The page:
A. A SUBJECT THAT IS LARGELY IGNORED THESE DAYS.
1. Nearly everyone I know who is not a Christians drinks some.
2. This is one of those subjects where each one of us needs to make a stand.
B. DRINKING ALCOHOL IS A MAJOR PART OF OUR CULTURE.
1. Beer and ballgames! Graduations, spring break, Lost weekends, “I love to party.”
2. Parents are aware of their minor children being drunks, “A rite of passage.”
C. SORROW AND TRAGEDY ARE ALSO A PART OF OUR CULTURE.
1. Drunk driving and death.
2. Divorce and angry words
3. Uninhibited speech and rage.
4. Disease. Heart disease, liver, diabetes. Many celebrities die while “slightly” drunk.
D. TERRY ROACH ONCE TOLD ME TO PREACH AS LONG AS IT TAKES TO GET THE
POINT ACROSS AND HE WOULD BLOCK THE DOOR.
A. INTRODUCTION, pg. 3.
B. WHAT IS ALCOHOL?, pg. 7.
C. EFFECTS ON THE INDIVIDUAL, caption, pg 8. see also pg 15-18, captions on pg 12-13.
A. DRINKING WINE IS FOOLISH (Prov. 20:1; 21:17; 23:20-21).
1. Neither happiness nor prosperity is the product of alcohol.
2. It is the source of so much unnecessary woe (Prov. 23:29-35).
B. CONSIDER THE PAIN AND SORROW WINE CAUSED THESE OT CHARACTERS.
1. Noah (Gen. 9:20ff). He was shamed before his sons because he was drunk.
2. Lot (Gen. 19:30-38) His incest occurred when he was drunk.
3. Elah, king of Israel (1 Kings 16:8-10)
4. Ben-hadad, king of Syria (1 Kings 20:16).
5. Ahasuerus, king of Persia, was drinking when he commanded that Vashti be brought
before a crowd of guests to show off her beauty (Esther 1:9-11).
C. THE NEW TESTAMENT SPEAKS (Gal. 5:19-21; Eph. 5:18; 1 Cor. 5:11; Rom. 13:13;
1 Pet. 4:2-4).
D. WHAT DID JESUS MAKE? (John 2:1-3).
1. “We find that the Greek word oinos is used to translate both tirosh (grapejuice) and
yayin (wine). An examiniation of New Testament passages also shows tht oinos
may mean either wine or grape juice, and only the context can show which it is,”
Joseph P. Free, ARCHAEOLOGY AND BIBLE HISTORY , pp. 352-353.
2. Fermented (Eph. 5:18).
3. Not fermented (Matt. 9:17; Prov. 3:10; Hos. 9:3; Joel 2:24).
E. WHAT ABOUT THESE PASSAGES?
1. 1 Tim. 5:23 – Medicinal alcohol. The same would apply to morphine or codeine.
2. Psa. 104:15. Not as our wine. The nature of fermentation in the Middle East.
3. Prov. 31:4-7. Kings need a clear head. Alcohol helps those who are victimized by it
to forget their victimization (Prov. 23:35).
F. WE ARE TO BE SOBER, AND SOBER-MINDED! (1 Thess. 5:7-8).
G. BELONGS TO THE PAST – WE DON’T DRINK ANYMORE (1 Pet. 4:3-4).
1. Winebibbings, revellings, and carousings all involve situations of drinking.
2. They think it strange that you don’t drink with them.
H. WE ARE TO NOTHING THAT WOULD CAUSE ANOTHER TO STUMBLE
A. I WILL NEVER KNOW IF I WOULD HAVE BECOME AN ALCOHOLIC.
1. If I was a wine sipper …. My dark night.
2. What about those who are just escaping (2 Pet. 2:18-19).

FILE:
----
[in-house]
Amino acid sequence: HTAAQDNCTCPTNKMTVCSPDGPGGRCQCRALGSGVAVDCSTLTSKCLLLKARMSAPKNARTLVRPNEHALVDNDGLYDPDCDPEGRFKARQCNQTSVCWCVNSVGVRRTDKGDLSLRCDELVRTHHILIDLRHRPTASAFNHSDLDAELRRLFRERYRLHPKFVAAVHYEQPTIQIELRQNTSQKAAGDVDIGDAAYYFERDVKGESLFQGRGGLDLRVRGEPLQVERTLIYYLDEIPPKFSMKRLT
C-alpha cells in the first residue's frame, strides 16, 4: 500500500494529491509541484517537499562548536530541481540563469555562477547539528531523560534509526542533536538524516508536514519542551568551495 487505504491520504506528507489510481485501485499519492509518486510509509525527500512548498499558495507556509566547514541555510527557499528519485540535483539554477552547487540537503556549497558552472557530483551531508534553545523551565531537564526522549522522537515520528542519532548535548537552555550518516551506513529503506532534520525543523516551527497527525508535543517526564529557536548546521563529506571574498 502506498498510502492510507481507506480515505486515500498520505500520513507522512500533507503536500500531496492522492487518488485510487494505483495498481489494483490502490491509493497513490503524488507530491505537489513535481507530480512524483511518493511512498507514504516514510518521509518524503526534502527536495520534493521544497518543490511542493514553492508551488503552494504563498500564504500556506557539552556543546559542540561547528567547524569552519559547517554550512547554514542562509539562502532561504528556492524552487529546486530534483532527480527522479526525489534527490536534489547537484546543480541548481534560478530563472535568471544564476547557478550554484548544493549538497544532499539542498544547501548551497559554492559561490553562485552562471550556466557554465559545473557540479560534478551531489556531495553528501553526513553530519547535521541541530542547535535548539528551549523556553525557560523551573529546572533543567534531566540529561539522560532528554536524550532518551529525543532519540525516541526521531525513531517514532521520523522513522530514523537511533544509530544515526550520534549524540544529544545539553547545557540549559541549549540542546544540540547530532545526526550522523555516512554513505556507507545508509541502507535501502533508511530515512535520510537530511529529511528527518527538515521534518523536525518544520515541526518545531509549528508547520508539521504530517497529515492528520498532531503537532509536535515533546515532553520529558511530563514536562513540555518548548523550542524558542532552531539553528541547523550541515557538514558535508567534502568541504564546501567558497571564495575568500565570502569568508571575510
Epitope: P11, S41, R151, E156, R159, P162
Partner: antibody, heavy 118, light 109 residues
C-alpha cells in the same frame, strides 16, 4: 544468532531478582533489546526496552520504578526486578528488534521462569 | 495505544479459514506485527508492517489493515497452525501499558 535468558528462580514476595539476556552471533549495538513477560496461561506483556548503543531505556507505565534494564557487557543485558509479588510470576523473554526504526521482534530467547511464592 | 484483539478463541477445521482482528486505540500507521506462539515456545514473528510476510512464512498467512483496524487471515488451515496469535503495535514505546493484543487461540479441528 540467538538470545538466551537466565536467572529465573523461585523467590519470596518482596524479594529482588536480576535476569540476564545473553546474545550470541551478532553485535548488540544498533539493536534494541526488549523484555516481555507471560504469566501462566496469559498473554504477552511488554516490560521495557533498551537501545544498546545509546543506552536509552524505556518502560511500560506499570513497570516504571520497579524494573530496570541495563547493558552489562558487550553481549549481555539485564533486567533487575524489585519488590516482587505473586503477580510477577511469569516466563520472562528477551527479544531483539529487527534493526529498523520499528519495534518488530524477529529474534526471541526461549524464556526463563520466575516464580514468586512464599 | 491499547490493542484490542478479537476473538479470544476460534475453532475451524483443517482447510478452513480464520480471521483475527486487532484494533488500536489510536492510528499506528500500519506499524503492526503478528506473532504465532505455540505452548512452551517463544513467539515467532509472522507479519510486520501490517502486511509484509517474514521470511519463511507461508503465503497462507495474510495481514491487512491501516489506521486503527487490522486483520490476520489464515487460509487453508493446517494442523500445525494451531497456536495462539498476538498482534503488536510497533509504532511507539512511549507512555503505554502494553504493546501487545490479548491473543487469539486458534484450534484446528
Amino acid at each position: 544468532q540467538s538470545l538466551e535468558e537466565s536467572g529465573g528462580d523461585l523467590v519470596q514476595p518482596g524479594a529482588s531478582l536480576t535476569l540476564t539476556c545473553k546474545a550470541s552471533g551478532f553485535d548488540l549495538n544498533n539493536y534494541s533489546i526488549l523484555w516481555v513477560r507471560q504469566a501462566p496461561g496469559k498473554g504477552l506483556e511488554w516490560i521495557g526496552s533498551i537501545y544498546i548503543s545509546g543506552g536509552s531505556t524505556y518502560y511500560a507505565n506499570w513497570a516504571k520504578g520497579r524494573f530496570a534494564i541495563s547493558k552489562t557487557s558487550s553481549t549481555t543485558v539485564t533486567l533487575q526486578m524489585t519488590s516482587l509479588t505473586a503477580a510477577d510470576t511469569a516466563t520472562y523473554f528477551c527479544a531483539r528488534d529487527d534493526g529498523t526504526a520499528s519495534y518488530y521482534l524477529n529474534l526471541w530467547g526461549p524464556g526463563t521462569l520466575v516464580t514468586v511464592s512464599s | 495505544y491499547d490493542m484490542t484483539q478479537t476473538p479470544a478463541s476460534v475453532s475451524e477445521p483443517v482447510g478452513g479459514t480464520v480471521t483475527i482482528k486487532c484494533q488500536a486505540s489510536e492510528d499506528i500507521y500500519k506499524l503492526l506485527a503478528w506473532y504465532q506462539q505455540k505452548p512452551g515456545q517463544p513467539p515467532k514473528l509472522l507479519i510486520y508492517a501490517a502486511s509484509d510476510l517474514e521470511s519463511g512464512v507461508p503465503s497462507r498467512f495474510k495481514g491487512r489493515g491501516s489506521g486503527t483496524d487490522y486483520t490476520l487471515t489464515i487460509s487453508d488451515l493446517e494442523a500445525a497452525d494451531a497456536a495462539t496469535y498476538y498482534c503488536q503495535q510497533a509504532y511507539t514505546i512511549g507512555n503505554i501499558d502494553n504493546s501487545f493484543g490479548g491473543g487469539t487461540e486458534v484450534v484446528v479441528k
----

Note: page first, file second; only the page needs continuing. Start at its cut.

3. What about the child who learns from you. Is he a potential alcoholic?
4. This is enough to convince anyone with a spiritual perspective (1 Cor. 2:14-15).
A. 1 Cor. 6:9-11.
B. STAY OFF THE SAUCE.
[The good wine] This shows that this had all the qualities of real wine. We should not be deceived by the phrase "`good wine.'" WE often use the phrase to denote that it is good in proportion to its strength and its power to intoxicate; but no such sense is to be attached to the word here. Pliny, Plutarch, and Horace describe wine as "good," or mention that as "the best wine," which was harmless or "innocent" - poculo vini "innocentis." The most useful wine - "utilissimum vinum" - was that which had little strength; and the most wholesome wine - "saluberrimum vinum" - was that which had not been adulterated by "the addition of anything to the 'must' or juice." Pliny expressly says that a good wine was one that was destitute of spirit (lib. iv. c. 13). It should not be assumed, therefore, that the "good wine" was "stronger" than the other: it is rather to be presumed that it was milder.
The wine referred to here was doubtless such as was commonly drunk in Palestine. That was the pure juice of the grape. It was not brandied wine, nor drugged wine, nor wine compounded of various substances, such as we drink in this land. The common wine drunk in Palestine was that which was the simple juice of the grape. WE use the word "wine" now to denote the kind of liquid which passes under that name in this country-always containing a considerable portion of alcohol not only the alcohol produced by fermentation, but alcohol "added" to keep it or make it stronger. But we have no right to take THAT sense of the word, and go with it to the interpretation of the Scriptures. We should endeavor to place ourselves in the exact circumstances of those times, ascertain precisely what idea the word would convey to those who used it then, and apply THAT sense to the word in the interpretation of the Bible; and there is not the slightest evidence that the word so used would have conveyed any idea but that of the pure juice of the grape, nor the slightest circumstance mentioned in this account that would not be fully met by such a supposition.
No man should adduce THIS instance in favor of drinking wine unless he can prove that the wine made in the waterpots of Cana was JUST LIKE the wine which he proposes to drink. The Saviour's example may be always pleaded JUST AS IT WAS; but it is a matter of obvious and simple justice that we should find out exactly what the example was before we plead it….
(from Barnes' Notes, Electronic Database Copyright © 1997, 2003, 2005, 2006 by Biblesoft, Inc. All rights reserved.)